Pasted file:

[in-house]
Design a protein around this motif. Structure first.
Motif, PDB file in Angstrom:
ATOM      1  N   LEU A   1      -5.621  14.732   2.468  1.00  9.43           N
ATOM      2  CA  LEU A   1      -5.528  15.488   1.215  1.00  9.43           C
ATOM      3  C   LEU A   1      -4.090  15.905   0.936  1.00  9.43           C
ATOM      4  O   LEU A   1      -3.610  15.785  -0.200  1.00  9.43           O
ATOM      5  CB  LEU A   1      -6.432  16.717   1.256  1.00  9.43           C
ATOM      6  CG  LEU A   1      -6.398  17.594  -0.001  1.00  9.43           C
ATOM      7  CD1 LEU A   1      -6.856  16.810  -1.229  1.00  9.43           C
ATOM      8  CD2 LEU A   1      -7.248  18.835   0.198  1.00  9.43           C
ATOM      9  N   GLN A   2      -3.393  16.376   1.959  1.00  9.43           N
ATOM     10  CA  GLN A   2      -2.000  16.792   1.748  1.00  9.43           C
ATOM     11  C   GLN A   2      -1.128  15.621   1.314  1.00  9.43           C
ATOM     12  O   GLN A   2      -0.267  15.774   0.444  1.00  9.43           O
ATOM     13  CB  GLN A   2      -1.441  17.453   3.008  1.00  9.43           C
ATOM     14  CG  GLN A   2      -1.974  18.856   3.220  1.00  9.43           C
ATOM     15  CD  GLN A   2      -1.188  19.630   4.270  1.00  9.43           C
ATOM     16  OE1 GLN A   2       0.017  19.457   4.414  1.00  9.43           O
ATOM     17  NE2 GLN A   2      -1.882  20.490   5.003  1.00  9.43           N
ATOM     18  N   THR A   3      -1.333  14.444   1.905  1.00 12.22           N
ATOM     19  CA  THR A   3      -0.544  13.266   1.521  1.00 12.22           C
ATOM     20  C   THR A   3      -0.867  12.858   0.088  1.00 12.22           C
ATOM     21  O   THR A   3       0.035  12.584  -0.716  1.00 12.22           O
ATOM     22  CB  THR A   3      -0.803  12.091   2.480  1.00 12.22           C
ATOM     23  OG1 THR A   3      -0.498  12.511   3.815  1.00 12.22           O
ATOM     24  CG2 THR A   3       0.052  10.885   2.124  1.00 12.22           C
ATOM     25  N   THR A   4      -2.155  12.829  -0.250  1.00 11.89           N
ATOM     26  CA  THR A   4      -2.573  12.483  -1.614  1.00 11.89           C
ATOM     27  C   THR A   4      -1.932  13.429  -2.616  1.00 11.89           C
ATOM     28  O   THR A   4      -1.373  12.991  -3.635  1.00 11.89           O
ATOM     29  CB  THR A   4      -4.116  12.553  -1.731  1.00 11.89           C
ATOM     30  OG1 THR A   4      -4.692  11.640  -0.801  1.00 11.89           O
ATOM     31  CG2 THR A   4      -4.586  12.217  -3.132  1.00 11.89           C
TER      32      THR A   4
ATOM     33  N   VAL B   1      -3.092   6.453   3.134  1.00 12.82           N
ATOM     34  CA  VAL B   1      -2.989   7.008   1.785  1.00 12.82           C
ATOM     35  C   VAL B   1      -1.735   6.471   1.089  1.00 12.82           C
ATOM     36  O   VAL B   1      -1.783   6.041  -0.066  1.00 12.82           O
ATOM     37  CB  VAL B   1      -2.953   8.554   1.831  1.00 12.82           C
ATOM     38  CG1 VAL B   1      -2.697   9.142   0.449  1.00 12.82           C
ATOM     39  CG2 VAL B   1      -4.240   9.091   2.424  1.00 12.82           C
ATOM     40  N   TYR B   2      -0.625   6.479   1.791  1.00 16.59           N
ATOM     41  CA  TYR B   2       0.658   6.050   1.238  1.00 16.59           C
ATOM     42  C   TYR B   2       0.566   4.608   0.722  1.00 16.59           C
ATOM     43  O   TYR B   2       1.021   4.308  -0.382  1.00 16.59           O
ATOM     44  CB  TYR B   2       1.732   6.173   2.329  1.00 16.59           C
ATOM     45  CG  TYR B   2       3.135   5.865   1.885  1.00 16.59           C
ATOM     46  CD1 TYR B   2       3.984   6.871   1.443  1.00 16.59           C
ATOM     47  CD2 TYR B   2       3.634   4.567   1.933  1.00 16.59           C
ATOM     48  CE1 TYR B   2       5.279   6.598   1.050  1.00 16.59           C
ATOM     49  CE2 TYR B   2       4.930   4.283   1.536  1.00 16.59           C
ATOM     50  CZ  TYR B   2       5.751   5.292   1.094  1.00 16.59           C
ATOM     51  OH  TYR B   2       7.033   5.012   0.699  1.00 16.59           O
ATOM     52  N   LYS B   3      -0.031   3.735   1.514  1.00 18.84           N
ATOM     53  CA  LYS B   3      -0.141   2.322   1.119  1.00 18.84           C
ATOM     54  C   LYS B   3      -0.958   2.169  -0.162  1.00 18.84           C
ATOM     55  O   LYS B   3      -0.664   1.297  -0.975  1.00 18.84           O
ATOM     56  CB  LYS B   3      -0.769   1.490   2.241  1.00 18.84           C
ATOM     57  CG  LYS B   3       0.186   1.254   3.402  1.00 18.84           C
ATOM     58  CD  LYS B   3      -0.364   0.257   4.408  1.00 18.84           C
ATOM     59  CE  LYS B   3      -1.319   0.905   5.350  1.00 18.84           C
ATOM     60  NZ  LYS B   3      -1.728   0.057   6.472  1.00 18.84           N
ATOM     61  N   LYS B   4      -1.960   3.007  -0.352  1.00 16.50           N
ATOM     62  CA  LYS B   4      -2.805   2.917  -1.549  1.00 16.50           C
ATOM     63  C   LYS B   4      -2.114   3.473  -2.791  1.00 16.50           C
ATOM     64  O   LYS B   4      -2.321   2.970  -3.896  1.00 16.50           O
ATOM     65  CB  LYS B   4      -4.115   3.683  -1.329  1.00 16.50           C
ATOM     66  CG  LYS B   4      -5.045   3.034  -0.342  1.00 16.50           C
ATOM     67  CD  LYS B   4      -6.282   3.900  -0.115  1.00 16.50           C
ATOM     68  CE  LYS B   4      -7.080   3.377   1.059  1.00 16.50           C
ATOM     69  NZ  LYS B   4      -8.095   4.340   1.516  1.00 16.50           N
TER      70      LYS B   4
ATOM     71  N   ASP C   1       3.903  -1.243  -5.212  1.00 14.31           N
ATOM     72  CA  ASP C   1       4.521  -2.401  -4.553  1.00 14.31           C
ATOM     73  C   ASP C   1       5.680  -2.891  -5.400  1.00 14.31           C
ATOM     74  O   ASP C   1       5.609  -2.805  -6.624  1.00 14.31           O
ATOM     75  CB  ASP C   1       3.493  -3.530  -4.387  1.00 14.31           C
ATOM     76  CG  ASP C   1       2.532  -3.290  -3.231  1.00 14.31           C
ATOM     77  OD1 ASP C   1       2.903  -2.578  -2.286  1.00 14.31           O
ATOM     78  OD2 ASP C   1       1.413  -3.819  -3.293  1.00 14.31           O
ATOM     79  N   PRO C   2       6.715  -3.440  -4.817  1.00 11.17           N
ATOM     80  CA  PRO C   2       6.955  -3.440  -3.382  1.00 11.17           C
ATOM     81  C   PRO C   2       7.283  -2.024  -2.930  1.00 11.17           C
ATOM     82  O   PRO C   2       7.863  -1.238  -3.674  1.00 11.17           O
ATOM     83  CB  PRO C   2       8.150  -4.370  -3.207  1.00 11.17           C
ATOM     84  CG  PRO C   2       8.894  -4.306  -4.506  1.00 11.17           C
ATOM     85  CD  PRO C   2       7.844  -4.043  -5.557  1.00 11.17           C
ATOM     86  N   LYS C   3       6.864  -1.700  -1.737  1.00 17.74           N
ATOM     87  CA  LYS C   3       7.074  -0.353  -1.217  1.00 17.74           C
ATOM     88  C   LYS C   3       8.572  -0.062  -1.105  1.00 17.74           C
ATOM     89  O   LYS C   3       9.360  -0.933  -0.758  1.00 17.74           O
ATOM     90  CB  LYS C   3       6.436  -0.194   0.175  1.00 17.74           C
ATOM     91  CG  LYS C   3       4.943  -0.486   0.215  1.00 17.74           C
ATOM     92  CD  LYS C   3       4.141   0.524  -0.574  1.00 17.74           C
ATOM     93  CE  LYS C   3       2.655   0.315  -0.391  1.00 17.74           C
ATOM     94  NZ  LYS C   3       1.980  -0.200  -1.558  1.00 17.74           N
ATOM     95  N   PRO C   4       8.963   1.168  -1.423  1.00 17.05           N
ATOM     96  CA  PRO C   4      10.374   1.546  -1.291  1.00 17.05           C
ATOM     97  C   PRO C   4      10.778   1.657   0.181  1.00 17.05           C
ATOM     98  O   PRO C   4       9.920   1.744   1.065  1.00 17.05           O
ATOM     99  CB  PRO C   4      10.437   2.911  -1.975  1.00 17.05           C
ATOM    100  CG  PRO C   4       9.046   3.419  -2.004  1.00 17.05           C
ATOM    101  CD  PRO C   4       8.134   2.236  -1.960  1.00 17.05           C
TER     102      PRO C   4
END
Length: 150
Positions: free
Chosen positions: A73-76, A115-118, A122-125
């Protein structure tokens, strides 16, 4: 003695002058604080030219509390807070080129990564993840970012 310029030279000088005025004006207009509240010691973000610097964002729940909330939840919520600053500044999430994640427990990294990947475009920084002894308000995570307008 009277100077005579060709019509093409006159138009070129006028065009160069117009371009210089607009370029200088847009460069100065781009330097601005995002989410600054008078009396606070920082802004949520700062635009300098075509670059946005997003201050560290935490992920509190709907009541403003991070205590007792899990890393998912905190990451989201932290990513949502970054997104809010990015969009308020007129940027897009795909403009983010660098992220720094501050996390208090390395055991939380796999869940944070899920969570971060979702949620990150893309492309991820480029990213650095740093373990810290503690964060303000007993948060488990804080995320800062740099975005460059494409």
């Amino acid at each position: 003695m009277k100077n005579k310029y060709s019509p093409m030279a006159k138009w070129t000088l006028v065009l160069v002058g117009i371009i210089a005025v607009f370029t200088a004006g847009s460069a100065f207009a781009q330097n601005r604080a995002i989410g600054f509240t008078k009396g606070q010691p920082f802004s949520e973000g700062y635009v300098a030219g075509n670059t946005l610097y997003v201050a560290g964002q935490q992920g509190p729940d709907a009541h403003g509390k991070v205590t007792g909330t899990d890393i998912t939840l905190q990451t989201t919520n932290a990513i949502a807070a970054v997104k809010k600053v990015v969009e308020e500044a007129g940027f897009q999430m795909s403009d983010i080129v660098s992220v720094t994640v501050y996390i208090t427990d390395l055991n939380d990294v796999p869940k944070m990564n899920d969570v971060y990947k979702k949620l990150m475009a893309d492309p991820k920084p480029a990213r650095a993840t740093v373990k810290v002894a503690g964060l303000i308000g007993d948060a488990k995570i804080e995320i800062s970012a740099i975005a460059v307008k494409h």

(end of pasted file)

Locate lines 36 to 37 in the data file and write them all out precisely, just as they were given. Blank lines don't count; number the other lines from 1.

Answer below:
ATOM     33  N   VAL B   1      -3.092   6.453   3.134  1.00 12.82           N
ATOM     34  CA  VAL B   1      -2.989   7.008   1.785  1.00 12.82           C